Delays explained at town hall for displaced seniors in Hay River

·2 min read
Sandra Patterson Lester, the vice chair of the Hay River Seniors Society, said a town hall meeting this week helped her understand why it's taking so long for residents of a seniors complex to move back in. (Natalie Pressman/CBC - image credit)
Sandra Patterson Lester, the vice chair of the Hay River Seniors Society, said a town hall meeting this week helped her understand why it's taking so long for residents of a seniors complex to move back in. (Natalie Pressman/CBC - image credit)

The vice chair of the Hay River Seniors Society says she has a better understanding of why it's taking so long for residents to move back into the Whispering Willows seniors complex after a town hall meeting this week.

"All of the kitchen cabinets, the lower kitchen cabinets, were destroyed in the flood," said Sandra Patterson Lester. At the Thursday meeting, organized by Housing N.W.T., Patterson Lester was told new cabinets had been ordered and were being built locally.

"They're done here in Enterprise, and it's wonderful that a local business is getting to do it. But it just takes time," she said.

Whispering Willows was one of many buildings damaged by flooding in Hay River in May. The water forced an unprecedented evacuation of the second-largest town in the Northwest Territories, and also caused major damage to roads and other infrastructure.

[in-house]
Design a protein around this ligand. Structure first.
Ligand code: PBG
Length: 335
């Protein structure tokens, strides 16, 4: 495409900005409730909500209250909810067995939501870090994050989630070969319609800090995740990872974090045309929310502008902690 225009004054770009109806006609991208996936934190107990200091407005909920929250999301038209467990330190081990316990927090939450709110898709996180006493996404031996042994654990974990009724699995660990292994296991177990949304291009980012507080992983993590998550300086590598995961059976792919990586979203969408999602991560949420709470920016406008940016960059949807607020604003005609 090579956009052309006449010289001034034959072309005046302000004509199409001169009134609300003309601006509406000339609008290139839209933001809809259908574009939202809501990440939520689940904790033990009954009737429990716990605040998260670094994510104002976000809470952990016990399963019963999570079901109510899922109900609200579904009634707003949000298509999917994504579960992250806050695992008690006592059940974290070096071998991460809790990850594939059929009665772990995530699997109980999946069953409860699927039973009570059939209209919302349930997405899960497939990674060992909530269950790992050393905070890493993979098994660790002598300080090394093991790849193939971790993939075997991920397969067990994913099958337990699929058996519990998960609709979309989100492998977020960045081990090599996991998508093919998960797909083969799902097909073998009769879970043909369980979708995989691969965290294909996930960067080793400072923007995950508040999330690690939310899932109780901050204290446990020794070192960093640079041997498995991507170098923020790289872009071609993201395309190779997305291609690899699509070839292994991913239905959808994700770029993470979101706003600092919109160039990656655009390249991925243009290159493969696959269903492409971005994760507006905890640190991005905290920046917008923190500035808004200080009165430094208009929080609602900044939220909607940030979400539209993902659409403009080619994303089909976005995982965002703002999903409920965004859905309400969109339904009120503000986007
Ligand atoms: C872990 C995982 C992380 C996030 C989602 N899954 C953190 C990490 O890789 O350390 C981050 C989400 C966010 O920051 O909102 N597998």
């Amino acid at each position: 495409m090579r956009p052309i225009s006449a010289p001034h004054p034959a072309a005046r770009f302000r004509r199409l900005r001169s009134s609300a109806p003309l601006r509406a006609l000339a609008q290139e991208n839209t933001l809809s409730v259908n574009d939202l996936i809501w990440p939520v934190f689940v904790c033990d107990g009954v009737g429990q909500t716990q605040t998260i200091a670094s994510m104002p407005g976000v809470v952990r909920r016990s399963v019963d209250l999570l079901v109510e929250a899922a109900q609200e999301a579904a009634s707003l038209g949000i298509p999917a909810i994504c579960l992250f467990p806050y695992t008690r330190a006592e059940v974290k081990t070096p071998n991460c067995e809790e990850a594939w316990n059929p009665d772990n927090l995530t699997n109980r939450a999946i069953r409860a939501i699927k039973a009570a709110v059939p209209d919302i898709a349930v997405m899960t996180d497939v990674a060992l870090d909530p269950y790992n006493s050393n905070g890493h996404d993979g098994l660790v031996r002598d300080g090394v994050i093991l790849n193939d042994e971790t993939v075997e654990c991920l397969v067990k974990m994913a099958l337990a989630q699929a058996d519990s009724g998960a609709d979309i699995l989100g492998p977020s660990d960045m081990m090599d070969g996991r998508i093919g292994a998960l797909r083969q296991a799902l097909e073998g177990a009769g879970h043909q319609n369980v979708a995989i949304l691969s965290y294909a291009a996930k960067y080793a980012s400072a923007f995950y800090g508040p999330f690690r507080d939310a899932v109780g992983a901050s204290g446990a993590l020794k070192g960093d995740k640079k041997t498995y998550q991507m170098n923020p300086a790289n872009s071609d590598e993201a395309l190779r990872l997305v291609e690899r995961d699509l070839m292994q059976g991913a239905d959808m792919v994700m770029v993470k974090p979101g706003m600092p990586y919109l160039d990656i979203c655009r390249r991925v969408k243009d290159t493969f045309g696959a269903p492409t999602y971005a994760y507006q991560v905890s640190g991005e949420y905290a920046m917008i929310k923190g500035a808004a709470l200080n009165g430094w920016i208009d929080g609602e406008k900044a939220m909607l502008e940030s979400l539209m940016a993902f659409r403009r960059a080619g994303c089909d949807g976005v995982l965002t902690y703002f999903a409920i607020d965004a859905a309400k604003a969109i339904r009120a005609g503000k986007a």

Housing N.W.T. spokesperson Jeanne Yurris told CBC News in an emailed statement earlier this week that restoration work at the complex is still going on. She said it includes the "repair and commissioning of building systems" as well as removing and replacing fixtures and doing finishing work.

Yurris said the restoration was expected to be done in November.

That same message was shared with the building's residents on Thursday. Housing N.W.T. has said it's been keeping residents updated on the situation but before the meeting, Patterson Lester said, residents didn't know when they'd be allowed back.

"At least they've been given a time frame," she said.

Emma Grunwald/CBC
Emma Grunwald/CBC

Residents have also been frustrated, she said, because some live on the second floor of the building and believe their units to be unscathed.

"It's frustrating to know your home is sitting there, intact, and you can't go back in."

But, Patterson Lester pointed out, systems that serve both floods of the seniors complex — like plumbing, heating, the elevator and the solar panels — would have needed to be checked out and repaired too.

She also said that the territorial government has done a good job looking after the complex's displaced residents — some have gone to stay with family, and others have temporarily ended up in local hotels.

Patterson Lester said most of the residents are in Hay River and are still getting together for coffee and maintaining a sense of their community.